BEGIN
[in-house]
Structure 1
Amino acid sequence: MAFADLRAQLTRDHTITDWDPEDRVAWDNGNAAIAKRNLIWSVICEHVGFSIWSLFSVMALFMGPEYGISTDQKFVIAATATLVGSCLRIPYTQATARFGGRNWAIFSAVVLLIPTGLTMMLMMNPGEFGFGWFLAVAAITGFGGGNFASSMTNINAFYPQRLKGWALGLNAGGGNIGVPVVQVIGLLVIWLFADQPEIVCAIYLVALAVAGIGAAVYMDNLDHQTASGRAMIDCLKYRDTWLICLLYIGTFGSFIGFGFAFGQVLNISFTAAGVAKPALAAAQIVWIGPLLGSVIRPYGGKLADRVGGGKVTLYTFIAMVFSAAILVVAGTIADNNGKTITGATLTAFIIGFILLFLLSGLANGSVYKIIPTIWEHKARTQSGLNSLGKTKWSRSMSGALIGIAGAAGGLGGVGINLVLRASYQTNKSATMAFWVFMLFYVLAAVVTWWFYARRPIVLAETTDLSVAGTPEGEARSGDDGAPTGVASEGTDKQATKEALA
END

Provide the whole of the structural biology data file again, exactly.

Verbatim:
[in-house]
Structure 1
Amino acid sequence: MAFADLRAQLTRDHTITDWDPEDRVAWDNGNAAIAKRNLIWSVICEHVGFSIWSLFSVMALFMGPEYGISTDQKFVIAATATLVGSCLRIPYTQATARFGGRNWAIFSAVVLLIPTGLTMMLMMNPGEFGFGWFLAVAAITGFGGGNFASSMTNINAFYPQRLKGWALGLNAGGGNIGVPVVQVIGLLVIWLFADQPEIVCAIYLVALAVAGIGAAVYMDNLDHQTASGRAMIDCLKYRDTWLICLLYIGTFGSFIGFGFAFGQVLNISFTAAGVAKPALAAAQIVWIGPLLGSVIRPYGGKLADRVGGGKVTLYTFIAMVFSAAILVVAGTIADNNGKTITGATLTAFIIGFILLFLLSGLANGSVYKIIPTIWEHKARTQSGLNSLGKTKWSRSMSGALIGIAGAAGGLGGVGINLVLRASYQTNKSATMAFWVFMLFYVLAAVVTWWFYARRPIVLAETTDLSVAGTPEGEARSGDDGAPTGVASEGTDKQATKEALA